In some embodiments of the invention, the registration information can be combined with data from other sources to generate the profiles. Therefore, in such embodiments of the invention, additional information may be retrieved to augment any information in the registration information. For example, if location information is limited to identifying information for locations, an E/R system may access one or more databases to obtain additional details regarding the locations. In some embodiments of the invention, such information can be saved as part of the registration information for future use. In some embodiments of the invention, the additional information can be past usage data obtained from a utility data hub. As a result, once the profile is completed, the profile can be compared to past usage data to further tune and adjust the user profile.

In some embodiments of the invention, a plurality of user profiles may be generated for a single location. For example, multiple user profiles can be specified for a single location for different seasons of the year. In another example, multiple user profiles can be specified for a single location based on the presence or absence of other users. That is, since usage of some public services may not significantly change based on the number of persons (e.g., heating and cooling systems) a different profile can be provided when the user is alone at a location and when the user and other users are also present at the location. However, the various embodiments of the invention are not limited in this regard and multiple profiles for a single location can be generated based on other factors. For example, a profile can be generated for each type of communications device associated with the user at a location or for different combinations of active communications devices at a location.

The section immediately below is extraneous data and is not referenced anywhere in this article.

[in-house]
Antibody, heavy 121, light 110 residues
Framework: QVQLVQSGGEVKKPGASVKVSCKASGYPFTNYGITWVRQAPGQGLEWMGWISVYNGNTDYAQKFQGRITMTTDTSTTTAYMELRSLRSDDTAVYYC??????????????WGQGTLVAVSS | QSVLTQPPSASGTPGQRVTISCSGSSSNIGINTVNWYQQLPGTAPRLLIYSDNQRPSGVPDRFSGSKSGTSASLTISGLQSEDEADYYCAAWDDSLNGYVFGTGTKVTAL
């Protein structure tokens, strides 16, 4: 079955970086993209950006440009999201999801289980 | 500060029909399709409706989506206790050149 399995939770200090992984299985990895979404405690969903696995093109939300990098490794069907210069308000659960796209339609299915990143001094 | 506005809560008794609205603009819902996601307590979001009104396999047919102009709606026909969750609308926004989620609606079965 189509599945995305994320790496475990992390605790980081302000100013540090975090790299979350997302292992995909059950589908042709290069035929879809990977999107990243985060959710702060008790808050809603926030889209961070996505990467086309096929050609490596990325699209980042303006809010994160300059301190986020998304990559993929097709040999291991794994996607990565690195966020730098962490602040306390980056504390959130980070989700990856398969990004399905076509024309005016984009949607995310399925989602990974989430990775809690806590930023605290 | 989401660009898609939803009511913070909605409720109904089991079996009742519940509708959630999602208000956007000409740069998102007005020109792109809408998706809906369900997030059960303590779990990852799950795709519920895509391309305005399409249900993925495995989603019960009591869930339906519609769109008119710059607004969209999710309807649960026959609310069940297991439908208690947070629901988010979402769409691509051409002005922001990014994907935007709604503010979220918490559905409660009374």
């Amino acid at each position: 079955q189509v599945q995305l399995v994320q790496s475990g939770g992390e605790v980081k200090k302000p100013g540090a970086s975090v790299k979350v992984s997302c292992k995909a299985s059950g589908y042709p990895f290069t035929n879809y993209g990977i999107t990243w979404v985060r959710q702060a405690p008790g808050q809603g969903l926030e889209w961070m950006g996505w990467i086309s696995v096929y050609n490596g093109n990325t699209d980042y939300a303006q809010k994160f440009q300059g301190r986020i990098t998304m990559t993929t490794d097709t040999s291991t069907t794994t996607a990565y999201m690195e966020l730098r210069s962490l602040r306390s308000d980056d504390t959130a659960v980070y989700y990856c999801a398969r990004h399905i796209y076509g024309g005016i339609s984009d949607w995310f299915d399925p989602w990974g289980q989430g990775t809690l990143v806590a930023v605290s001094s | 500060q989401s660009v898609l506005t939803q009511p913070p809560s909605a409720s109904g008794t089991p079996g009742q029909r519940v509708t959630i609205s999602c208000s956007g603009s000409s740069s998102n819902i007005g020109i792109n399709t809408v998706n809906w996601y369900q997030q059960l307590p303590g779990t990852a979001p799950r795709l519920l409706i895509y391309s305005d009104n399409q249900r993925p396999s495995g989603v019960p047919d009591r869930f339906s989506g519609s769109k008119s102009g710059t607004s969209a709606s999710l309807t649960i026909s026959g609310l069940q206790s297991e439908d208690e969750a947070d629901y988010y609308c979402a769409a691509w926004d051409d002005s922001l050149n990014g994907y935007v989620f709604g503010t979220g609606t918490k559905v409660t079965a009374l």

Referring back to FIG. 3, once the profiles are generated at step 308, usage estimation can be performed. First at step 310, status information is retrieved from the communications devices registered with the E/R system. As described above, the status information can include information regarding a current location of the communications devices. Further, the status information can also include information regarding current activities of the communications devices, as also described above. After the status information is obtained from the registered communications devices at step 310, usage data can be estimated at step 312. At step 312, the status data can be used to select the correct profile for each user at a location and the selected profile is thereafter used to estimate usage. That is, a profile generated at step 308, associated with the status information and/or the presence and/or activities of other users at a location can be selected for estimating usage. Additionally, other information, such as weather, date, time of day, etc. . . . , can also be used as inputs for the profile or to select a particular profile. After the correct profile and relevant variables are identified for a user, the estimated usage of public services by the user can be estimated and delivered to the user, the utility, or third parties, as described above with respect to FIGS. 1 and 2.